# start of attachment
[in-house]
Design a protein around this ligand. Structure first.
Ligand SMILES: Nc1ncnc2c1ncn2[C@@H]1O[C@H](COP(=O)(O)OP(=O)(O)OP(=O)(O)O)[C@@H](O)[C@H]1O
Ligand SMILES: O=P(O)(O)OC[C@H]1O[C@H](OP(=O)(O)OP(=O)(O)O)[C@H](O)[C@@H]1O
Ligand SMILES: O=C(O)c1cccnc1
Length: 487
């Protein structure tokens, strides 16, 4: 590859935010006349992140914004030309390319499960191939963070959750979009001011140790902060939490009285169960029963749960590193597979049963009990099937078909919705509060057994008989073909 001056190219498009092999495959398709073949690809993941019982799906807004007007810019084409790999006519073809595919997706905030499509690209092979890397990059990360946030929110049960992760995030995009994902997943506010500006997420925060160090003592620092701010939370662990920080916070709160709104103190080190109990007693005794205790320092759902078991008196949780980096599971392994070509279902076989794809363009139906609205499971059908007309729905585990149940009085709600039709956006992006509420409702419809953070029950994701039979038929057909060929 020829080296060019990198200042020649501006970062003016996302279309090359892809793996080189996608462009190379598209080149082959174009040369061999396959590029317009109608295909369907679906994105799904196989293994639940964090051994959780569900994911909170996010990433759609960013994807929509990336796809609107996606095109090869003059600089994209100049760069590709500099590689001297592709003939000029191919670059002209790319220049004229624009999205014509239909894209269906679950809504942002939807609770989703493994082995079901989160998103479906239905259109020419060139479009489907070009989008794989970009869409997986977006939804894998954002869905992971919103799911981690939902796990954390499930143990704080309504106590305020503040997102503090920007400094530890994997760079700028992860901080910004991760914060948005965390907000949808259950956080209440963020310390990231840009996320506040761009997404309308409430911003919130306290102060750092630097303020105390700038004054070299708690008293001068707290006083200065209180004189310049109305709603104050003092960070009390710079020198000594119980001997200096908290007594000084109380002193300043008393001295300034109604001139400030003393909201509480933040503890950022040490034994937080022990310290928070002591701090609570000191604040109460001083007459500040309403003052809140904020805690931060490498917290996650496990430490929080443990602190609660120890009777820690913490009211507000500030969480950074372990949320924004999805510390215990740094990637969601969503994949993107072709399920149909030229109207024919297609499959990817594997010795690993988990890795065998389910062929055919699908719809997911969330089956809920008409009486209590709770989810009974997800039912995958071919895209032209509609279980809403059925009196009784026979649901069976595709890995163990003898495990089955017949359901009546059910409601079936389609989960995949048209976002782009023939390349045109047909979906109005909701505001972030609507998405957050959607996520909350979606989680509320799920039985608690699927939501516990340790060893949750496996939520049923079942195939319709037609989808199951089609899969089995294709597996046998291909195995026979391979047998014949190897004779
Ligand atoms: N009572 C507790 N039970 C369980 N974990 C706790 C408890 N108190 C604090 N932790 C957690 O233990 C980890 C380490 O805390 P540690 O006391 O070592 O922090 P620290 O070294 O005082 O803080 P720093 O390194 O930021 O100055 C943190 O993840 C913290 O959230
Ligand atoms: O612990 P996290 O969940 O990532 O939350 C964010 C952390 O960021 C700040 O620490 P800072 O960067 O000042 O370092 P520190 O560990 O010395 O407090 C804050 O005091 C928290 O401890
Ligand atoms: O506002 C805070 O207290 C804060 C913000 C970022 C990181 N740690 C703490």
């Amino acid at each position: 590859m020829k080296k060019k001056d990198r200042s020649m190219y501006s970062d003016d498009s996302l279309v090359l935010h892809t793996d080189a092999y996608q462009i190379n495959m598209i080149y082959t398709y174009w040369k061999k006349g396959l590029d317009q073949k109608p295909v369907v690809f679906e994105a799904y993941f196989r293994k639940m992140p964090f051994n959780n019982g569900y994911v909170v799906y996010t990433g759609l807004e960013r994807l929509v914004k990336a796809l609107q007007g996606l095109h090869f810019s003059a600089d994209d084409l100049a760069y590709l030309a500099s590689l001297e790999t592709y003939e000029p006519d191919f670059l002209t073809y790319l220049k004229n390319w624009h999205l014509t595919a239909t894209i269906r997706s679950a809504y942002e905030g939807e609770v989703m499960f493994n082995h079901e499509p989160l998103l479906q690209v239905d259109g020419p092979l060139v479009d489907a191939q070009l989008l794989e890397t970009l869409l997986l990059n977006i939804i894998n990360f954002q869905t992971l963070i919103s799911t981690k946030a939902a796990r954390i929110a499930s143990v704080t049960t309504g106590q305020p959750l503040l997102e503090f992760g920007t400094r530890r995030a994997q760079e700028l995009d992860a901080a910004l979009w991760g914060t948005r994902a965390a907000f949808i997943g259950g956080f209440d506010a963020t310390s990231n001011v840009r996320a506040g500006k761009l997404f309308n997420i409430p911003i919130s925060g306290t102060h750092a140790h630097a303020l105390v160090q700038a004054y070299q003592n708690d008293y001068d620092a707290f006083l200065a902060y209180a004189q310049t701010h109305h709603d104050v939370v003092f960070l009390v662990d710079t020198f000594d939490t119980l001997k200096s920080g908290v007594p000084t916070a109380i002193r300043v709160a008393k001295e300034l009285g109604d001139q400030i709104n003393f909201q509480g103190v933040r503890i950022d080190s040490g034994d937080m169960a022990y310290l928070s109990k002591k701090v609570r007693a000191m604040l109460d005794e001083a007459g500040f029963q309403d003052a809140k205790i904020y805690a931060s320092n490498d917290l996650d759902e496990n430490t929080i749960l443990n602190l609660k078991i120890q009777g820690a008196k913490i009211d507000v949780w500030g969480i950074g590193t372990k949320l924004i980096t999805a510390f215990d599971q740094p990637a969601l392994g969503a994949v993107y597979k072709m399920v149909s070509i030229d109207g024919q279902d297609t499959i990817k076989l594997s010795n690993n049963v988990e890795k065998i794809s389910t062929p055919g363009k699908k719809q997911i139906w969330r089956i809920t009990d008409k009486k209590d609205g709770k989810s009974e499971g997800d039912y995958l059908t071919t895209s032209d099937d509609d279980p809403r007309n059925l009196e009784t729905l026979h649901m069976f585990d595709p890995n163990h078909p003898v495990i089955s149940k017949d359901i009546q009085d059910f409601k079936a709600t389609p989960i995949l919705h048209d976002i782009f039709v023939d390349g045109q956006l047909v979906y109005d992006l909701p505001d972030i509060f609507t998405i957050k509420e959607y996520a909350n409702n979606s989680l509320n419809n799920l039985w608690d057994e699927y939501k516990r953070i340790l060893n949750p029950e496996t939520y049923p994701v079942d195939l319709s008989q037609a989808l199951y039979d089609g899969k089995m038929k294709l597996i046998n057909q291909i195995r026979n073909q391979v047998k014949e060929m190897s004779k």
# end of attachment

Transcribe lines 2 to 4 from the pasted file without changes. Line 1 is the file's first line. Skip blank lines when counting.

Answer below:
Design a protein around this ligand. Structure first.
Ligand SMILES: Nc1ncnc2c1ncn2[C@@H]1O[C@H](COP(=O)(O)OP(=O)(O)OP(=O)(O)O)[C@@H](O)[C@H]1O
Ligand SMILES: O=P(O)(O)OC[C@H]1O[C@H](OP(=O)(O)OP(=O)(O)O)[C@H](O)[C@@H]1O